Objective- We have previously demonstrated that coronary adventitial inflammation plays important roles in the pathogenesis of coronary vasomotion abnormalities, including drug-eluting stent (DES)-induced coronary hyperconstricting responses. Importantly, the adventitia also harbors lymphatic vessels, which may prevent inflammation by transporting extravasated fluid and inflammatory cells. We thus aimed to examine the roles of coronary adventitial lymphatic vessels in the pathogenesis of DES-induced coronary hyperconstricting responses in a porcine model in vivo. Approach and Results- We performed 2 experimental studies. In protocol 1, 15 pigs were divided into 3 groups with or without DES and with bare metal stent. Nonstented sites 20 mm apart from stent implantation also were examined. In the protocol 2, 12 pigs were divided into 2 groups with or without lymphatic vessels ligation followed by DES implantation at 2 weeks later (n=6 each). We performed coronary angiography 4 weeks after DES implantation, followed by immunohistological analysis. In protocol 1, the number and the caliber of lymphatic vessels were greater at only the DES edges after 4 more weeks. In protocol 2, coronary hyperconstricting responses were further enhanced in the lymphatic vessels ligation group associated with adventitial inflammation, Rho-kinase activation, and less adventitial lymphatic vessels formation. Importantly, there were significant correlations among these inflammation-related changes and enhanced coronary vasoconstricting responses. Conclusions- These results provide evidence that cardiac lymphatic vessel dysfunction plays important roles in the pathogenesis of coronary vasoconstrictive responses in pigs in vivo.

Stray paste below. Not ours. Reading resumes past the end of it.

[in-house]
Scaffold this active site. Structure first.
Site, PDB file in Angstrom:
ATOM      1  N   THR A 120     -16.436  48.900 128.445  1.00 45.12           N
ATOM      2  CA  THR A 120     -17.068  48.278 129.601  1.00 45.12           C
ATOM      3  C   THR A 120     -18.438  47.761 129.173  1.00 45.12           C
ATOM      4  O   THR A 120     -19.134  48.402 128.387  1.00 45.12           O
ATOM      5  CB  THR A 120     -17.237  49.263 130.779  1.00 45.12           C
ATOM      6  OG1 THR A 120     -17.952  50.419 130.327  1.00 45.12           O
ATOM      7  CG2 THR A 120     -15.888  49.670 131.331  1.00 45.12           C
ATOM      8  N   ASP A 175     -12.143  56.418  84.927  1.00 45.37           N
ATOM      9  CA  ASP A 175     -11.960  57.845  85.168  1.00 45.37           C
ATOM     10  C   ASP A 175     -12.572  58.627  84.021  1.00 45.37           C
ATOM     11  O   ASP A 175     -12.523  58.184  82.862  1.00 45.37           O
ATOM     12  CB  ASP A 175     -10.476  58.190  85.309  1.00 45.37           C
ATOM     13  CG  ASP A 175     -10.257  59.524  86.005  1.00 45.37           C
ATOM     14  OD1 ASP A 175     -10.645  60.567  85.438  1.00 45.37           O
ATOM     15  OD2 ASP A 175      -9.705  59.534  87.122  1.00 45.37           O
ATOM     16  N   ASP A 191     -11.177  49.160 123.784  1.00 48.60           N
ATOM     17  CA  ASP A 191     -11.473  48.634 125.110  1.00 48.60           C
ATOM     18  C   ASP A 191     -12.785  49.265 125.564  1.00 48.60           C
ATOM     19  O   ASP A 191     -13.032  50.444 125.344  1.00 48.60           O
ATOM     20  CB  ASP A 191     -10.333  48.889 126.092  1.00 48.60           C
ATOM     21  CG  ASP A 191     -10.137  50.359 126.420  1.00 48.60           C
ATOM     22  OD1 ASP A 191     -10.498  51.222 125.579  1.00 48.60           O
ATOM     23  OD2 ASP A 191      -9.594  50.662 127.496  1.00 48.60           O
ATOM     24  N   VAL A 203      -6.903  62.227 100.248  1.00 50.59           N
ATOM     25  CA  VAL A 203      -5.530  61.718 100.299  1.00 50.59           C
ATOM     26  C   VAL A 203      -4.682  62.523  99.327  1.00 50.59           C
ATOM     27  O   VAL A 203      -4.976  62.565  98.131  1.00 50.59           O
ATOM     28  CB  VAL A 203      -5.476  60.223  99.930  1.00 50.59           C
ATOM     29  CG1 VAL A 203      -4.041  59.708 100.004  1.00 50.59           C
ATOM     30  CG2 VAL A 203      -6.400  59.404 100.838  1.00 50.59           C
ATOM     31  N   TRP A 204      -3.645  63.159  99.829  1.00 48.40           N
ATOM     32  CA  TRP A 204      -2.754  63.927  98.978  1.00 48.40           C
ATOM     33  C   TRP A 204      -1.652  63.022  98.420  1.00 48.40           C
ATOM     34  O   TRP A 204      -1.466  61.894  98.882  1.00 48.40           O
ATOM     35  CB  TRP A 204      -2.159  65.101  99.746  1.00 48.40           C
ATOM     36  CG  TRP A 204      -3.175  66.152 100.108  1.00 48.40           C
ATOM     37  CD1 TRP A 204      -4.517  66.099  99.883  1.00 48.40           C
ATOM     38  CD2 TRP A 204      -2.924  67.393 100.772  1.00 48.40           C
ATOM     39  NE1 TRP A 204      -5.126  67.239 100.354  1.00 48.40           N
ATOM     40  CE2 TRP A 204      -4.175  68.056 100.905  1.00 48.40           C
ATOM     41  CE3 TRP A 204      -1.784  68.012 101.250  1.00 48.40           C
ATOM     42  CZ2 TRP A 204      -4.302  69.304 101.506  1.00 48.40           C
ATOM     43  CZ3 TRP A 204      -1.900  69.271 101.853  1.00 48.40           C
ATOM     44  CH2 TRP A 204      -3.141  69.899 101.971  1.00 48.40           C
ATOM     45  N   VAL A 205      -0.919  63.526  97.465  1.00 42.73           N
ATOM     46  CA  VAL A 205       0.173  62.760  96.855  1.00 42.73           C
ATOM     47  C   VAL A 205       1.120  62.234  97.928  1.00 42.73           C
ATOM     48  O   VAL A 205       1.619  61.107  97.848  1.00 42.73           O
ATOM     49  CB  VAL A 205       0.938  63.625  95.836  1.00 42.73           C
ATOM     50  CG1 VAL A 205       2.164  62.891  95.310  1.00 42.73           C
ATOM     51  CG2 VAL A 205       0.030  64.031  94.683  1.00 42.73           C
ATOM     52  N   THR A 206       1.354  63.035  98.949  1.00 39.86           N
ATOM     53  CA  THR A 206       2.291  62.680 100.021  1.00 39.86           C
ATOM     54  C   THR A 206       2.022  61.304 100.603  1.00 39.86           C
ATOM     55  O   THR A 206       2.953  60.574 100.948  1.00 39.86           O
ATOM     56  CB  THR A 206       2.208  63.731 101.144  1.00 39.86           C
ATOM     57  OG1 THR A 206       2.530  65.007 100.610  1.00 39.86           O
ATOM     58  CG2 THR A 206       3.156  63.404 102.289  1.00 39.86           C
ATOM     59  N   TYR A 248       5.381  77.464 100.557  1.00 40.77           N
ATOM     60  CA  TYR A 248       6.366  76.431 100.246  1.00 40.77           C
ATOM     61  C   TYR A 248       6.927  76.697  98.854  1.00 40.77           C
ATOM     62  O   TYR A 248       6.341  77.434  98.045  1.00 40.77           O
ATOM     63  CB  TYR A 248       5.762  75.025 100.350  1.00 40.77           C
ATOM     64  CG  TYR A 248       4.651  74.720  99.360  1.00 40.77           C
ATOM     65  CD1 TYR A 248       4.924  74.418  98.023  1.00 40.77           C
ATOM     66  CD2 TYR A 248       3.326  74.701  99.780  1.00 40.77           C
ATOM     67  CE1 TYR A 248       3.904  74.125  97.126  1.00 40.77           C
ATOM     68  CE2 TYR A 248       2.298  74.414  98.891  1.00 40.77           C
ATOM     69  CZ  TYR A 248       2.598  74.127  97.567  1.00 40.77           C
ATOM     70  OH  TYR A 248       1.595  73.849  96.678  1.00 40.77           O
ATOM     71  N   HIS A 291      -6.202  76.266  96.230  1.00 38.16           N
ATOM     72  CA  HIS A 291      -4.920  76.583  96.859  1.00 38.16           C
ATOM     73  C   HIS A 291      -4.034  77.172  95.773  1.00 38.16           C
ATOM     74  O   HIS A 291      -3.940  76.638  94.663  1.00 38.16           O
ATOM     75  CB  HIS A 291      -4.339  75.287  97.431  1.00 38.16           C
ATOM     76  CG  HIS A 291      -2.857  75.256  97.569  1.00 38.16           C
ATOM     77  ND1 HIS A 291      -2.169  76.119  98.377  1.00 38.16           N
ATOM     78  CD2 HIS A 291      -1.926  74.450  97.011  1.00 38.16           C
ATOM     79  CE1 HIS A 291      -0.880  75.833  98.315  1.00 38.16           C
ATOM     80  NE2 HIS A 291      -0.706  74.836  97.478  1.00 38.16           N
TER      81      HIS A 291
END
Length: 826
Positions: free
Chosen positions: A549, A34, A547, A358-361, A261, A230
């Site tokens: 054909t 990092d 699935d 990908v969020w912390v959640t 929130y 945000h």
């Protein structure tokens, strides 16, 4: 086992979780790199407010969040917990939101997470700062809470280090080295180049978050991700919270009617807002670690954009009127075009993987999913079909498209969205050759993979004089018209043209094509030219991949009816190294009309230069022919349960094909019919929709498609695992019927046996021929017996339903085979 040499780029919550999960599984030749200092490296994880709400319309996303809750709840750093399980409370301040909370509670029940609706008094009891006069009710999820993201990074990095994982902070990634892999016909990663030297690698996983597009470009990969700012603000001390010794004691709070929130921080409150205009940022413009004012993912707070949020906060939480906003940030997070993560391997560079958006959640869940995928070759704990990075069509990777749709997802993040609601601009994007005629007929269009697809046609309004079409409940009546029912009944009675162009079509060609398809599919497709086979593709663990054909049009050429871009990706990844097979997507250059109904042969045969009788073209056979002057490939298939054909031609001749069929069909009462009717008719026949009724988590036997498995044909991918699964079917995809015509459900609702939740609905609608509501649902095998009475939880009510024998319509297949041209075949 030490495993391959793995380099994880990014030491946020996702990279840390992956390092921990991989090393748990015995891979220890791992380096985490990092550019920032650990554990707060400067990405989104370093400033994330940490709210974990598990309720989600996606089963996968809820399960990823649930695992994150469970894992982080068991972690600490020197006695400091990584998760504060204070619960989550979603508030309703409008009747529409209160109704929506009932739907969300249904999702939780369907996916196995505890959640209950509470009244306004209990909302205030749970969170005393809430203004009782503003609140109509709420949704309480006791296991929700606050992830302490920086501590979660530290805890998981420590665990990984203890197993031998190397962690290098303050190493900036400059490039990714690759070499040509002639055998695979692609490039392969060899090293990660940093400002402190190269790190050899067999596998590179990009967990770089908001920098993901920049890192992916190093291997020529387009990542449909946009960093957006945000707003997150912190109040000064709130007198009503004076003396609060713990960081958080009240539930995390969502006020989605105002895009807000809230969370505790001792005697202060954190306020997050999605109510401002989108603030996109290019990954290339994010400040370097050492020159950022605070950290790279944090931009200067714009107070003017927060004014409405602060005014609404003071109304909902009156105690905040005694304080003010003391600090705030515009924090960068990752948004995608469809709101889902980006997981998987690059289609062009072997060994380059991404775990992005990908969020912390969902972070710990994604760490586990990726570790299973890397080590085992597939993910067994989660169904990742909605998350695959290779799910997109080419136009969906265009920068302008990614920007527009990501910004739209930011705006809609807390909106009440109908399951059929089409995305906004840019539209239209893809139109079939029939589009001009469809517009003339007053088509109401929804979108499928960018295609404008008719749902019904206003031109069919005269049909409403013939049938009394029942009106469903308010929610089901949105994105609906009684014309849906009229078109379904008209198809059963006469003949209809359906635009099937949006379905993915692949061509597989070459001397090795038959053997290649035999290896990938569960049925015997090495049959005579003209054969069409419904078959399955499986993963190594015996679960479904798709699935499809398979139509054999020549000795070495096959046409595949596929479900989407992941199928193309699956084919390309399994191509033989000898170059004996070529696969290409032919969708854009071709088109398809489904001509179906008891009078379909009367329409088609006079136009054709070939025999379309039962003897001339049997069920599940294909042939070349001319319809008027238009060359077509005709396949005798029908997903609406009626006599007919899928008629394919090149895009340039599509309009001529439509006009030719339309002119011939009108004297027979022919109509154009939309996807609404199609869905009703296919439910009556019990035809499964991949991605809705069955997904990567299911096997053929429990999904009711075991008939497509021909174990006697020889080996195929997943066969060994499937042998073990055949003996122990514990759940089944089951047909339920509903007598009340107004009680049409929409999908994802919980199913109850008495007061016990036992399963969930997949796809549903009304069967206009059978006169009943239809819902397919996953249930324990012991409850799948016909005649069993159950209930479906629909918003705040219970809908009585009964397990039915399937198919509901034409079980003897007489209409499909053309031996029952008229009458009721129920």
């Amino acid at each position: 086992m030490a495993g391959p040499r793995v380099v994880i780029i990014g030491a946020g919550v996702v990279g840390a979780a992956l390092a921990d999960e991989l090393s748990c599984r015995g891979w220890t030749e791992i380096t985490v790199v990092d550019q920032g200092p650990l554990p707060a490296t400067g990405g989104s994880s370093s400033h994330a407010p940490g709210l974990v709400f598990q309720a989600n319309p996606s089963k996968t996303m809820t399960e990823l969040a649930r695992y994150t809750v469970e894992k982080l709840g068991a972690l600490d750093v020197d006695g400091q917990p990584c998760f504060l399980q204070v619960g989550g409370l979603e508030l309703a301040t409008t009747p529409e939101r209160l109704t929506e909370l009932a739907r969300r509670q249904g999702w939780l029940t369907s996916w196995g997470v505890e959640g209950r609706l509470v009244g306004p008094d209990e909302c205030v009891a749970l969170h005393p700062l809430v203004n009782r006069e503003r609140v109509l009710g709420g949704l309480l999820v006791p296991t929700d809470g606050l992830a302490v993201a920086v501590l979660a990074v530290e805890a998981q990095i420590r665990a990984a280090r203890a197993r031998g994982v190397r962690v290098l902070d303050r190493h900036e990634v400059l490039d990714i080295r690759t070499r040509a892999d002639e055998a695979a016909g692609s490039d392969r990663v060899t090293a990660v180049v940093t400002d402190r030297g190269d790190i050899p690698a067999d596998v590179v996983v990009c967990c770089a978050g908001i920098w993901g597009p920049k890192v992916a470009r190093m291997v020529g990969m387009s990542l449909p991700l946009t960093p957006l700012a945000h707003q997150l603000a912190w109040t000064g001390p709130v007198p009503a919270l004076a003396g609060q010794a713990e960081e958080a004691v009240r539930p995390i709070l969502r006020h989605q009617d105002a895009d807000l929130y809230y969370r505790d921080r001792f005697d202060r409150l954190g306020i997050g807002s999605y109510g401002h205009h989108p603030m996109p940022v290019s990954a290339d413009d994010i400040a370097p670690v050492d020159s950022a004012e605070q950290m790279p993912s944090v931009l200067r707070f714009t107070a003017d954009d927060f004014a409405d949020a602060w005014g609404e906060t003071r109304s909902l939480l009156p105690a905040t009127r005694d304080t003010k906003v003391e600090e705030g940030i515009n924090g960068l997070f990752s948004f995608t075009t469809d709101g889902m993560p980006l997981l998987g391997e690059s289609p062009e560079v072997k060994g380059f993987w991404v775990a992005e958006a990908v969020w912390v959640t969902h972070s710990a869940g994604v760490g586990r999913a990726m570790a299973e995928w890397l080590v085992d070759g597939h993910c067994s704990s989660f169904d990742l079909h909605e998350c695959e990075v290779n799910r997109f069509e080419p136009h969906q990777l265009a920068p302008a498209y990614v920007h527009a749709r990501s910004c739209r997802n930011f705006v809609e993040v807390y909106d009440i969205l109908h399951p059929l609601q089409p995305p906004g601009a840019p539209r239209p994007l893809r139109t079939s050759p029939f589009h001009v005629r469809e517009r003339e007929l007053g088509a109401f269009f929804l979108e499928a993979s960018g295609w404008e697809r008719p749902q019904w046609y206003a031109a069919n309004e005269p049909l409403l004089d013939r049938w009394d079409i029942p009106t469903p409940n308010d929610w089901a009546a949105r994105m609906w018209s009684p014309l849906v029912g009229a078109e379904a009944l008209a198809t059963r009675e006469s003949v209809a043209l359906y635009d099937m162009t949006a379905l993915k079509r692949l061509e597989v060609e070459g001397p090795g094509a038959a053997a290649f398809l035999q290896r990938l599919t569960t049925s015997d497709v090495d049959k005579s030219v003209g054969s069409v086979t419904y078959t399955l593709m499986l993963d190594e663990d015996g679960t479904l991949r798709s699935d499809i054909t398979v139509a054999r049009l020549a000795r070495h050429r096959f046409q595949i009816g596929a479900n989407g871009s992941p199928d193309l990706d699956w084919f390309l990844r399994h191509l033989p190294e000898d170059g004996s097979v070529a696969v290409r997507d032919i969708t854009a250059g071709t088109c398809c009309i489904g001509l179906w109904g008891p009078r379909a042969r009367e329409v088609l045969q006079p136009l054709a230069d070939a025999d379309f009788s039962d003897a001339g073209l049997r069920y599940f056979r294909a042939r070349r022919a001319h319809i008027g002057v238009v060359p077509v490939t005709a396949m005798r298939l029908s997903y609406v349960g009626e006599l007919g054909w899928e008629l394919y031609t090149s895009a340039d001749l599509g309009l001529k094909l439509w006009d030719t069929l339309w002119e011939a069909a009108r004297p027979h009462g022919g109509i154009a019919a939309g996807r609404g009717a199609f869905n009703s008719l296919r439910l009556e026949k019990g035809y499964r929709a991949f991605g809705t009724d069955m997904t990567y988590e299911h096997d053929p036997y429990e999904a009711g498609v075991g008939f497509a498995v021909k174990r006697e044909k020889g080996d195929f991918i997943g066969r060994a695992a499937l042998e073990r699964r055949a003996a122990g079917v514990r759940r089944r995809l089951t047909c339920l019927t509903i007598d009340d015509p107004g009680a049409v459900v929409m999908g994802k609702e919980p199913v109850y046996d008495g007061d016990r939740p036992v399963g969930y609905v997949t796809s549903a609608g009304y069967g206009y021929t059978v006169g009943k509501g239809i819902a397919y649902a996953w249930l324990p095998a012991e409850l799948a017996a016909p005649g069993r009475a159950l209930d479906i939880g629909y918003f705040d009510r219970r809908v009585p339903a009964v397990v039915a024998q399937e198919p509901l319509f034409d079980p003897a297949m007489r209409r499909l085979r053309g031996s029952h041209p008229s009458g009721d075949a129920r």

|ジャーナル||Arteriosclerosis, thrombosis, and vascular biology|
|出版ステータス||Published - 2019 4 1|
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